Of course, as the weeks grew to months and years, his equipment continued to change as he upgraded it; improved plate and chain pieces, lighter and larger weapons, he even started selling his salvage to me. In effect, I have been benefitting from that wager the moment I began hiring him, and this is merely the closing of the deal, I think is the best way to put it.” Doubling his previous efforts, Zelg’s crowbar was able to pry the lid off of the small, damaged crate, much to his delight.

“Ah! Finally! You lot really love to make it impossible to open some of these!” The goblin’s hands plunged into the straw packing of the container, followed closely by his face almost splitting open in a wild grin. “A-ha! One of his weap-!“

In truth, Regit had gone back to reading over the will, and almost finished the goblin’s exclamation before looking up. The grin on Zelg’s face was fading rapidly to a look that more closely resembled shock, or even disgust. What he held out in front of him was undoubtedly a sword, but the condition it was in seemed beyond comprehension to both.

About as long as the goblin was tall, only the first inch or so of the edges were in remotely decent condition. As for the rest, Regit gave up counting the nicks and dents after twenty, on one side. Rising above the almost saw-tooth pattern of damage to the cutting edges, about two-thirds of the way up the blade was bent at a fairly severe angle, to the point that the metal had begun to split on the opposite edge.

In truth, Regit knew full well how it and its twin, which was undoubtedly inside the crate, had been allowed to fall into such a condition. He also remembered the corpse looking much like the blade when he was sent to confirm the elf’s demise; nothing short of a wreck.

“I, uh, guess he was using that one for a month longer than he should have, eh?” Zelg seemed to ignore the rogue’s question, endlessly turning the weapon to analyze every bit of damage. After a few extra seconds, the gunsmith placed the battered weapon atop the counter before reaching back into the straw of the crate.

Soon, both swords lay side by side on the counter top, each pock marked by dozens of splits and cracks in the metal and both sporting the same severe bend, in the same direction. Zelg grasped both, able to just barely raise them into the air. With both tips bent downward, it was clear that they had struck something with excessive force simultaneously.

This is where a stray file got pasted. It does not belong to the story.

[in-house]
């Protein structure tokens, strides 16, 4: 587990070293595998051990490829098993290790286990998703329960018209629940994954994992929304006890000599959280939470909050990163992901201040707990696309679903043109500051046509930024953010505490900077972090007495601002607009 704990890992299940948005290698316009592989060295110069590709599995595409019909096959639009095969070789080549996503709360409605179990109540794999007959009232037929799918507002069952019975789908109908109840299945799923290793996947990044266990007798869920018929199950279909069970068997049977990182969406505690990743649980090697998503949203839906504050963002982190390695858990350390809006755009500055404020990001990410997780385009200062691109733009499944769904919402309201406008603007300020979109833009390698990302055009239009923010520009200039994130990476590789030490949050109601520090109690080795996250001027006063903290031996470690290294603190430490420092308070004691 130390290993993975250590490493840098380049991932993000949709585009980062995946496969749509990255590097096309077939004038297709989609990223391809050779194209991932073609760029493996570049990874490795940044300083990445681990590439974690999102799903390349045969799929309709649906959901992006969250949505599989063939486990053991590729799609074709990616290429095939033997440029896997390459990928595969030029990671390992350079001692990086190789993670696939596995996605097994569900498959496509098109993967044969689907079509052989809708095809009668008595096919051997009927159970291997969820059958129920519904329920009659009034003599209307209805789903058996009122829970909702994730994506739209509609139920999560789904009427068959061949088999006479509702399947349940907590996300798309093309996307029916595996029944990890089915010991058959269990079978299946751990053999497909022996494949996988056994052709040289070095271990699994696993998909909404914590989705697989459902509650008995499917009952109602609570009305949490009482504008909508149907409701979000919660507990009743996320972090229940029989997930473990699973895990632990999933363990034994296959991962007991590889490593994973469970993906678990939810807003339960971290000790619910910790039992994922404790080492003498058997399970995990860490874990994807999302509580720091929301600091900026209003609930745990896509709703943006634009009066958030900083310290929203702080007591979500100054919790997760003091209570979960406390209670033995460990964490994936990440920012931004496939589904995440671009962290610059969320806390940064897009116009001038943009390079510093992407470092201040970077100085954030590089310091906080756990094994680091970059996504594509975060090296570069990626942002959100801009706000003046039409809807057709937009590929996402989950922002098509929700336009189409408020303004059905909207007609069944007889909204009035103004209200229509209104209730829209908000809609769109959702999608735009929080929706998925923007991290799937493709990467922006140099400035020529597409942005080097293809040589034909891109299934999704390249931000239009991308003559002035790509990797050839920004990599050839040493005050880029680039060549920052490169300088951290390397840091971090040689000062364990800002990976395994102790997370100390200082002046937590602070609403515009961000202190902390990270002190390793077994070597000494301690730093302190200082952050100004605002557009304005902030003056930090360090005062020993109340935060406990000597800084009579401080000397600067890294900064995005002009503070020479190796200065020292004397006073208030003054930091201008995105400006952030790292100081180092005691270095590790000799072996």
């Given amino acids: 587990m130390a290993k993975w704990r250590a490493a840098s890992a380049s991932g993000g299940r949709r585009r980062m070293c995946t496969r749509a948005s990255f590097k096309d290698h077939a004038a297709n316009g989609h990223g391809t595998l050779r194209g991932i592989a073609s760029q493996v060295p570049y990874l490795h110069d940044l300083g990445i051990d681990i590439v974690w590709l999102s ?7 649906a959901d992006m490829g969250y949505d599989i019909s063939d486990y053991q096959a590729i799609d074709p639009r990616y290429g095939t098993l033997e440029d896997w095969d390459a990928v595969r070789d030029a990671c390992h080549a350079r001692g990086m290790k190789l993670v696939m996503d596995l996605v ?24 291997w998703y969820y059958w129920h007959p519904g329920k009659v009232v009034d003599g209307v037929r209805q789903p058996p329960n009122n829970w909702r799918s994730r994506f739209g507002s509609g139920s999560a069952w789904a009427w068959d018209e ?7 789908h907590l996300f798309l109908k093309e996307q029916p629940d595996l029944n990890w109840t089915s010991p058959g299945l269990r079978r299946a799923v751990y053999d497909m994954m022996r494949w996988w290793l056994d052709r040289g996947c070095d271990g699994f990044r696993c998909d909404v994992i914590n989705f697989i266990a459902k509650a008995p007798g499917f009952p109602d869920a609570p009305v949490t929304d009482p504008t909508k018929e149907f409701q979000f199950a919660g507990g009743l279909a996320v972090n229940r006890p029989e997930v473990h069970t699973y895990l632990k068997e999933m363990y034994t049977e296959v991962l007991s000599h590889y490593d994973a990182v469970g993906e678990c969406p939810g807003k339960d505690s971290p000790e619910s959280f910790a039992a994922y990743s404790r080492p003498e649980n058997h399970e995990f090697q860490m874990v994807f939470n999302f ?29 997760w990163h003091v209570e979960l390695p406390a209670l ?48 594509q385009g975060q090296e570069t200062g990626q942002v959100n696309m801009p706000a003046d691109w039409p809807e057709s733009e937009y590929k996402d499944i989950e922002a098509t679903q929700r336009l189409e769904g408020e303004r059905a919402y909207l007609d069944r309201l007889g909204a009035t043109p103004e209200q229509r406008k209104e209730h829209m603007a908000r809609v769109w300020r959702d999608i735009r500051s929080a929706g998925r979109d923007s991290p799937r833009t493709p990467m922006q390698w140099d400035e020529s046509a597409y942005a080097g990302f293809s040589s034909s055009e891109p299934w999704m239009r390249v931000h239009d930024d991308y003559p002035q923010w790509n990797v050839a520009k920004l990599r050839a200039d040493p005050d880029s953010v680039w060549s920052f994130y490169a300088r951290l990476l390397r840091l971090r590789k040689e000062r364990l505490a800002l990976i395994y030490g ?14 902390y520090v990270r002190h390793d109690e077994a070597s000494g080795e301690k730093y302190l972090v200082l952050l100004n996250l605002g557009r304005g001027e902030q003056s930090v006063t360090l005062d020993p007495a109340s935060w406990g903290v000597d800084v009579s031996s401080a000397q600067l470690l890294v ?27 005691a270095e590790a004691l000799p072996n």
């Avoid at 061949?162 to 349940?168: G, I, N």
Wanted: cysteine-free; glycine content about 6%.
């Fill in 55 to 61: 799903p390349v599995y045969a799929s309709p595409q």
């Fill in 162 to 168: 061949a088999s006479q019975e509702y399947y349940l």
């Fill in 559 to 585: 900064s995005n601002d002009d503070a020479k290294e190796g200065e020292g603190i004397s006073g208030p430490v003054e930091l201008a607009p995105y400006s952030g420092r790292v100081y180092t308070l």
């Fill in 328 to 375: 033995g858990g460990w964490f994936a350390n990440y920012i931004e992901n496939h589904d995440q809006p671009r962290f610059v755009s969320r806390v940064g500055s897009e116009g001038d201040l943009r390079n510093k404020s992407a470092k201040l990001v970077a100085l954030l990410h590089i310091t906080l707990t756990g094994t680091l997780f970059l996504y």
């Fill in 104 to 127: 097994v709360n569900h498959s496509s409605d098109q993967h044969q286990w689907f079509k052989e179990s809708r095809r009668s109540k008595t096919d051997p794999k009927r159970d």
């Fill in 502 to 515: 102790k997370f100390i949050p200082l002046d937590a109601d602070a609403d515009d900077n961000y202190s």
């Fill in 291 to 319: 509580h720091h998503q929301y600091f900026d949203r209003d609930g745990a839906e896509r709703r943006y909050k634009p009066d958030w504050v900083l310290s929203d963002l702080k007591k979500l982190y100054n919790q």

“These were all of a month old before he left last time…” The goblin spoke softly as his yellow eyes darted all over the mangled blades. “High grade Titansteel alloy; hard to produce, even harder to damage to this extent. He must ‘ave been fighting one of them.”

Them? Care to elaborate?” Playing dumb seemed to be the only viable option at this stage.

“A Deathknight, you idiot. This material is strong, make no mistake, but Saronite trumps it in every category, save for weight and production costs. Neither of which are a problem for the Scourge.” Pausing, Zelg reached back into the crate, fishing for another item. “Don’t you have some innocent bystander to interrogate somewhere?”

Normally, Regit would have responded, but in truth wanted nothing more to do with Alarde’s possessions, having already had to confirm his corpse and then confront it in reanimated form.

Leaving the shop, the rogue was closing the door when he overheard Zelg mutter something about a piece of armor, more than likely from the crate. A gasp and brief pause were followed almost immediately by an outburst.


((Fits and starts here for now, thanks to the lovely hours I sometimes work. But I will still try to keep this rolling.))
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Post  Alarde Orig on Mon Feb 02, 2015 9:17 pm


If there had ever been any doubt as to what defined a "hell", this would certainly suffice.